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.org.uk and .uk

Discussion in '.UK Domain Name Consultations' started by retired_member33, Nov 23, 2013.

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  1. invincible

    invincible Well-Known Member

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    [snipped]

    You posted similar elsewhere and I replied with how it doesn't matter because in my opinion it's still the last choice. :) We need to revisit your opinion in a couple of years because otherwise it is speculation. We'll have the pleasure of seeing how well .uk does and where it falls in respect of .co.uk by this time next year.




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  2. Domain Forum

    Acorn Domains Elite Member

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    articles.co.uk
     
  3. anthony United Kingdom

    anthony Well-Known Member

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    3+10(guess)+1+2=16

    That's an Adlington piss drop in a swimming pool!

    I do remember the rounds of applause from us all for those doing a similar exercise for the LLs, on that occasion it was nabbing TM rights to acquire a good domain. Nominet were more than happy to vet rights on that occasion (via a 3rd party), seems they've forgotten such an option this time around. If it proved to be a questionable process (as it did), then it was up to Nominet to resolve said process (whatever that may be) on this occasion.

    http://www.acorndomains.co.uk/whois/87135-questioning-registered-rights-tm-stage.html

    As I've said, the time stamp arguement is a crap but convenient one, but if Nominet feel it is too difficult for them :rolleyes: then so be it.
     
  4. invincible

    invincible Well-Known Member

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    Would be great to get a statistic from Nominet of how many non .co.uk domain names were transferred between v1 publication and final v3 announcement and how many of those were registered prior to the matching .co.uk. That might go most of the way to demonstrate the level of speculation that occurred.
     
  5. anthony United Kingdom

    anthony Well-Known Member

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    I agree.
     
  6. Systreg Ireland

    Systreg Well-Known Member

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    @ Invincible, that's your point of view, I guess we'll see what happens as time goes by, but regardless of what your opinion is, the pricing or the org.uk's I'm keeping doesn't change, in my opinion nothing has changed with the placings :)
     
  7. invincible

    invincible Well-Known Member

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    We shall see shan't we! :) Everyone make a note to return to this thread in a couple of years.
     
  8. Systreg Ireland

    Systreg Well-Known Member

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    Please do, but no matter what happens, nothing changes for me :)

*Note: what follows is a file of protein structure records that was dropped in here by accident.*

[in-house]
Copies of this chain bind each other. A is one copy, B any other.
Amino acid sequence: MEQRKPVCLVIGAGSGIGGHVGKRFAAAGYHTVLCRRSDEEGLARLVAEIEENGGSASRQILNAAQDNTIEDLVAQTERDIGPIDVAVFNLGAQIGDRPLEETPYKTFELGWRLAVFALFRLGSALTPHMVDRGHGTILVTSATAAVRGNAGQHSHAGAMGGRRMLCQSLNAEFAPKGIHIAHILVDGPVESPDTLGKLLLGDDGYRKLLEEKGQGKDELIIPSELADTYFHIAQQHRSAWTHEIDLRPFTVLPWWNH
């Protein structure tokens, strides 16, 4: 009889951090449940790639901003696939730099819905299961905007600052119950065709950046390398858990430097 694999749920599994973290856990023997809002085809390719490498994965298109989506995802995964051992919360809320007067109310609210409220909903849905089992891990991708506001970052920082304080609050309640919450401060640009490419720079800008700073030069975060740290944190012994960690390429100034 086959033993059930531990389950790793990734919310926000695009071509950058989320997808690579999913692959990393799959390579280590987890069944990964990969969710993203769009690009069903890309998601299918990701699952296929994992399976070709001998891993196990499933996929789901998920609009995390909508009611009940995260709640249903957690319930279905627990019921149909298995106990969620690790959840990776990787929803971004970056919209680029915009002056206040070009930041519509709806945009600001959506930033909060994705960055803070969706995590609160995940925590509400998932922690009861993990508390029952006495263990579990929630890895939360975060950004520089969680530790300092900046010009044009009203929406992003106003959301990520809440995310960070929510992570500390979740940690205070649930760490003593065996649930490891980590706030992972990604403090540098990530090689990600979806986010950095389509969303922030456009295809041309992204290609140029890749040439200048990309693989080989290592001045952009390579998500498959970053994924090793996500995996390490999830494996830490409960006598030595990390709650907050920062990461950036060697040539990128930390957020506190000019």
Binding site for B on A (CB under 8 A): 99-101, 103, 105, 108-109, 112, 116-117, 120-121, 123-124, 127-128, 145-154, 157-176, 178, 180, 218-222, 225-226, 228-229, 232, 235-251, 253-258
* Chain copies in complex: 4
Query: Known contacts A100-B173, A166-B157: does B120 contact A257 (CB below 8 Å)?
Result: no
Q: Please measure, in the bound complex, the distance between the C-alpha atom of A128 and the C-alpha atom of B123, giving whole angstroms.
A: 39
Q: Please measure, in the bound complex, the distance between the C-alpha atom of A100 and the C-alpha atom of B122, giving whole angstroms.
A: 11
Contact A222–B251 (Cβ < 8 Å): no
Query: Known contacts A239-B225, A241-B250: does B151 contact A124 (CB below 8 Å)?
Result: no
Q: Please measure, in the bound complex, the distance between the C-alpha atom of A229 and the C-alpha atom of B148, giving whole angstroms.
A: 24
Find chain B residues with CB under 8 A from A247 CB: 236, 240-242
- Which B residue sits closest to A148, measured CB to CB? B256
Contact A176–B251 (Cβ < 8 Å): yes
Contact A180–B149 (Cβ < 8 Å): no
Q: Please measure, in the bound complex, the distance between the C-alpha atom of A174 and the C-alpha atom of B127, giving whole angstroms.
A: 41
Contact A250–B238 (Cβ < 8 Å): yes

9. invincible

    invincible Well-Known Member

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    I don't know what you "own" or your "means" but it interested me the day .uk v1 was announced 13 months ago how a certain longstanding domain name investor started ramping up his "for sale" posts on this forum. I certainly believe that the past 13 months put the willies up some members here! Unfortunately nobody can reliably predict what might happen to the value of individual non .co.uk/.uk domain names in the future. All you need to care about is knowing when to get out. :)


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  10. markb United Kingdom

    markb Active Member

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    I ended up paying £2k for a .org.uk domain where I owned the .co.uk but the org.uk was registered beforehand. I did this as a defensive buy. The previous owner of the .org.uk said he had interest in the domain off at least 5 different people all within the space of a few weeks. Looking back, its £2k I didn't need to spend now, but I did what I had to at the time.
     
  11. invincible

    invincible Well-Known Member

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    I was luckier than you with the defensive .org.uk I purchased. The registrant wasn't resolving it and I managed to contact him through external research rather than using snail mail at the address displayed in the WHOIS. After I'd made contact by email he informed me that he'd moved house and hadn't updated the address, thus I knew that if anyone else had written to him it was unlikely that their letter would get delivered. Nethertheless we managed a 24 hour turnaround from contact to transfer. :)


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  12. markb United Kingdom

    markb Active Member

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    I'm presuming you managed to get it at a good price then. The person who I bought the org.uk didn't have a clue why people where interested all of a sudden, but due to the high interest, he was able to get a very good price for his domain.
     
  13. invincible

    invincible Well-Known Member

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    Yes. I bit his arm off although managed not to obviously give the game away. :) He didn't know about .uk. He hadn't resolved the domain name in perhaps a decade and was quite happy to sell.


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  14. philiporchard Croatia

    philiporchard Well-Known Member Acorn Supporter

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    Like many I started buying .org.uk domains to protect the ones I owned and also to take a chance with some others. I wouldn't have done it if the consultation hadn't started, but with 20 new websites, I'm pleased I did.